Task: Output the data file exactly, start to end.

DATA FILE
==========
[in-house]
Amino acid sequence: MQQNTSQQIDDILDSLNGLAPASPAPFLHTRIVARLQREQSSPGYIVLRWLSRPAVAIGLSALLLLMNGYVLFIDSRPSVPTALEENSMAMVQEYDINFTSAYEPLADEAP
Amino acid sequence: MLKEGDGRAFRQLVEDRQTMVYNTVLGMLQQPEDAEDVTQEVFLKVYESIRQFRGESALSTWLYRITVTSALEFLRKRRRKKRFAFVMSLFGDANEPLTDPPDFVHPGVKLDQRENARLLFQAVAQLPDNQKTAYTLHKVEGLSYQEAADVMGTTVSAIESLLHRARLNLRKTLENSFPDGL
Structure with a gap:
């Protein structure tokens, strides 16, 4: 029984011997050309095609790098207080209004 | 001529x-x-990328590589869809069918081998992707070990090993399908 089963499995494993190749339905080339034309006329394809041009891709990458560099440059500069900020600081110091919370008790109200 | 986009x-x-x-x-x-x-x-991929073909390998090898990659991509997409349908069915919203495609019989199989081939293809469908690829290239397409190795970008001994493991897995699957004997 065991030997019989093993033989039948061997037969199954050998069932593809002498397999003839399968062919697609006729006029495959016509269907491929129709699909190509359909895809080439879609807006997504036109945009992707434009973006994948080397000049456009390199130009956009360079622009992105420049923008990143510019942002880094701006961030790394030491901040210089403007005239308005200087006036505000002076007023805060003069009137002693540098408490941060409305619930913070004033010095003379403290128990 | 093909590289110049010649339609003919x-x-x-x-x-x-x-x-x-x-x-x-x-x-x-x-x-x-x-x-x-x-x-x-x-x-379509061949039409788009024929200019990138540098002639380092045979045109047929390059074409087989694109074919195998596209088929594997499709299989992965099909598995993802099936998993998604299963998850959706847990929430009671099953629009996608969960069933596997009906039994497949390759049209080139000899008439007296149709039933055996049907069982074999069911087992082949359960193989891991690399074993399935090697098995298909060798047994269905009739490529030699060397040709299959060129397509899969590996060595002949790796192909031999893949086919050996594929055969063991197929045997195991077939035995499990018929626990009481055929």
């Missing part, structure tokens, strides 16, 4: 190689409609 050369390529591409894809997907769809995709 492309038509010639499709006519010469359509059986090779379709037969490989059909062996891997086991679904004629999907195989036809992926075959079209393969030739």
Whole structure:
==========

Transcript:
[in-house]
Amino acid sequence: MQQNTSQQIDDILDSLNGLAPASPAPFLHTRIVARLQREQSSPGYIVLRWLSRPAVAIGLSALLLLMNGYVLFIDSRPSVPTALEENSMAMVQEYDINFTSAYEPLADEAP
Amino acid sequence: MLKEGDGRAFRQLVEDRQTMVYNTVLGMLQQPEDAEDVTQEVFLKVYESIRQFRGESALSTWLYRITVTSALEFLRKRRRKKRFAFVMSLFGDANEPLTDPPDFVHPGVKLDQRENARLLFQAVAQLPDNQKTAYTLHKVEGLSYQEAADVMGTTVSAIESLLHRARLNLRKTLENSFPDGL
Structure with a gap:
């Protein structure tokens, strides 16, 4: 029984011997050309095609790098207080209004 | 001529x-x-990328590589869809069918081998992707070990090993399908 089963499995494993190749339905080339034309006329394809041009891709990458560099440059500069900020600081110091919370008790109200 | 986009x-x-x-x-x-x-x-991929073909390998090898990659991509997409349908069915919203495609019989199989081939293809469908690829290239397409190795970008001994493991897995699957004997 065991030997019989093993033989039948061997037969199954050998069932593809002498397999003839399968062919697609006729006029495959016509269907491929129709699909190509359909895809080439879609807006997504036109945009992707434009973006994948080397000049456009390199130009956009360079622009992105420049923008990143510019942002880094701006961030790394030491901040210089403007005239308005200087006036505000002076007023805060003069009137002693540098408490941060409305619930913070004033010095003379403290128990 | 093909590289110049010649339609003919x-x-x-x-x-x-x-x-x-x-x-x-x-x-x-x-x-x-x-x-x-x-x-x-x-x-379509061949039409788009024929200019990138540098002639380092045979045109047929390059074409087989694109074919195998596209088929594997499709299989992965099909598995993802099936998993998604299963998850959706847990929430009671099953629009996608969960069933596997009906039994497949390759049209080139000899008439007296149709039933055996049907069982074999069911087992082949359960193989891991690399074993399935090697098995298909060798047994269905009739490529030699060397040709299959060129397509899969590996060595002949790796192909031999893949086919050996594929055969063991197929045997195991077939035995499990018929626990009481055929």
């Missing part, structure tokens, strides 16, 4: 190689409609 050369390529591409894809997907769809995709 492309038509010639499709006519010469359509059986090779379709037969490989059909062996891997086991679904004629999907195989036809992926075959079209393969030739």
Whole structure: